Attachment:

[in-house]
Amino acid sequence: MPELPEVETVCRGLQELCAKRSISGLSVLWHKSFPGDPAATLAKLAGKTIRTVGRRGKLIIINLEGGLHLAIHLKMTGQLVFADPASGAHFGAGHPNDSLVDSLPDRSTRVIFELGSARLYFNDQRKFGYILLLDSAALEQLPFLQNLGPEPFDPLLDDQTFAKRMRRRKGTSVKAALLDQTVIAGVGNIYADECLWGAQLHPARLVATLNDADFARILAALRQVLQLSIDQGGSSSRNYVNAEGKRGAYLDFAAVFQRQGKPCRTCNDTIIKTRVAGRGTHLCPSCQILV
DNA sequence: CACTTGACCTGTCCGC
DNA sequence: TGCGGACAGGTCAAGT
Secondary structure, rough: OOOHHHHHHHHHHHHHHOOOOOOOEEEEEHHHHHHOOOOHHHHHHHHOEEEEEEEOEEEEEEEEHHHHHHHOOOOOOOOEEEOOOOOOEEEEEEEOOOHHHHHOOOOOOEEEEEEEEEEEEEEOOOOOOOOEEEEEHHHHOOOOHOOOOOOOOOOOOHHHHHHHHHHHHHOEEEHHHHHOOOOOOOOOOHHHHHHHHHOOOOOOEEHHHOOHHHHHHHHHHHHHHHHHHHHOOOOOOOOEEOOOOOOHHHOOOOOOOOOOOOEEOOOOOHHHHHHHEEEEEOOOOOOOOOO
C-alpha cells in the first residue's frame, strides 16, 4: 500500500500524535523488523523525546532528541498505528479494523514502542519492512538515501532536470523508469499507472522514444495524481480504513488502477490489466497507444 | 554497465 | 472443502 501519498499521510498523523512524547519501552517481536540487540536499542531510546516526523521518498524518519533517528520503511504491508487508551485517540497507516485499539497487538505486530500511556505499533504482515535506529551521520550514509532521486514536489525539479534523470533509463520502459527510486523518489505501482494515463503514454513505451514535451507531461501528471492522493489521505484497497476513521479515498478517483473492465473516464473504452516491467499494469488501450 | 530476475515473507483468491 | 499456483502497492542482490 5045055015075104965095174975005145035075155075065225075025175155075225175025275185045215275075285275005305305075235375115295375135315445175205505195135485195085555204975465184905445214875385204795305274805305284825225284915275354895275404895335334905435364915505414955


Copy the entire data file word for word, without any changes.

[in-house]
Amino acid sequence: MPELPEVETVCRGLQELCAKRSISGLSVLWHKSFPGDPAATLAKLAGKTIRTVGRRGKLIIINLEGGLHLAIHLKMTGQLVFADPASGAHFGAGHPNDSLVDSLPDRSTRVIFELGSARLYFNDQRKFGYILLLDSAALEQLPFLQNLGPEPFDPLLDDQTFAKRMRRRKGTSVKAALLDQTVIAGVGNIYADECLWGAQLHPARLVATLNDADFARILAALRQVLQLSIDQGGSSSRNYVNAEGKRGAYLDFAAVFQRQGKPCRTCNDTIIKTRVAGRGTHLCPSCQILV
DNA sequence: CACTTGACCTGTCCGC
DNA sequence: TGCGGACAGGTCAAGT
Secondary structure, rough: OOOHHHHHHHHHHHHHHOOOOOOOEEEEEHHHHHHOOOOHHHHHHHHOEEEEEEEOEEEEEEEEHHHHHHHOOOOOOOOEEEOOOOOOEEEEEEEOOOHHHHHOOOOOOEEEEEEEEEEEEEEOOOOOOOOEEEEEHHHHOOOOHOOOOOOOOOOOOHHHHHHHHHHHHHOEEEHHHHHOOOOOOOOOOHHHHHHHHHOOOOOOEEHHHOOHHHHHHHHHHHHHHHHHHHHOOOOOOOOEEOOOOOOHHHOOOOOOOOOOOOEEOOOOOHHHHHHHEEEEEOOOOOOOOOO
C-alpha cells in the first residue's frame, strides 16, 4: 500500500500524535523488523523525546532528541498505528479494523514502542519492512538515501532536470523508469499507472522514444495524481480504513488502477490489466497507444 | 554497465 | 472443502 501519498499521510498523523512524547519501552517481536540487540536499542531510546516526523521518498524518519533517528520503511504491508487508551485517540497507516485499539497487538505486530500511556505499533504482515535506529551521520550514509532521486514536489525539479534523470533509463520502459527510486523518489505501482494515463503514454513505451514535451507531461501528471492522493489521505484497497476513521479515498478517483473492465473516464473504452516491467499494469488501450 | 530476475515473507483468491 | 499456483502497492542482490 5045055015075104965095174975005145035075155075065225075025175155075225175025275185045215275075285275005305305075235375115295375135315445175205505195135485195085555204975465184905445214875385204795305274805305284825225284915275354895275404895335334905435364915505414955